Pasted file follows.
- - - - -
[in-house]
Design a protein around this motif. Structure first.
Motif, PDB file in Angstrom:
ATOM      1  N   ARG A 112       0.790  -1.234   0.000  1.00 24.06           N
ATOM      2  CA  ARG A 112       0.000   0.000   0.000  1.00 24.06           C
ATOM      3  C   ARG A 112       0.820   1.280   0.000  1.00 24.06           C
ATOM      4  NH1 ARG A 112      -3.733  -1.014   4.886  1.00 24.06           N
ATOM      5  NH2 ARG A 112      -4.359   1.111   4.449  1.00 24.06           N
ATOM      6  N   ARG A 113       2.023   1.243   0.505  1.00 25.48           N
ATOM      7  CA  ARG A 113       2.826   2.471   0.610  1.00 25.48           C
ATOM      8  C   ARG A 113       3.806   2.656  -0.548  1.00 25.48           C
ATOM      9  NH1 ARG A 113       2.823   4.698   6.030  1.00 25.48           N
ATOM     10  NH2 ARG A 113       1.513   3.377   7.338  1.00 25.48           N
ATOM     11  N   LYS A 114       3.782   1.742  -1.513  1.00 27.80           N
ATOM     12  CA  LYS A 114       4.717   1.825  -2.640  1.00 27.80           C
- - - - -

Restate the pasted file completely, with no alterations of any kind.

[in-house]
Design a protein around this motif. Structure first.
Motif, PDB file in Angstrom:
ATOM      1  N   ARG A 112       0.790  -1.234   0.000  1.00 24.06           N
ATOM      2  CA  ARG A 112       0.000   0.000   0.000  1.00 24.06           C
ATOM      3  C   ARG A 112       0.820   1.280   0.000  1.00 24.06           C
ATOM      4  NH1 ARG A 112      -3.733  -1.014   4.886  1.00 24.06           N
ATOM      5  NH2 ARG A 112      -4.359   1.111   4.449  1.00 24.06           N
ATOM      6  N   ARG A 113       2.023   1.243   0.505  1.00 25.48           N
ATOM      7  CA  ARG A 113       2.826   2.471   0.610  1.00 25.48           C
ATOM      8  C   ARG A 113       3.806   2.656  -0.548  1.00 25.48           C
ATOM      9  NH1 ARG A 113       2.823   4.698   6.030  1.00 25.48           N
ATOM     10  NH2 ARG A 113       1.513   3.377   7.338  1.00 25.48           N
ATOM     11  N   LYS A 114       3.782   1.742  -1.513  1.00 27.80           N
ATOM     12  CA  LYS A 114       4.717   1.825  -2.640  1.00 27.80           C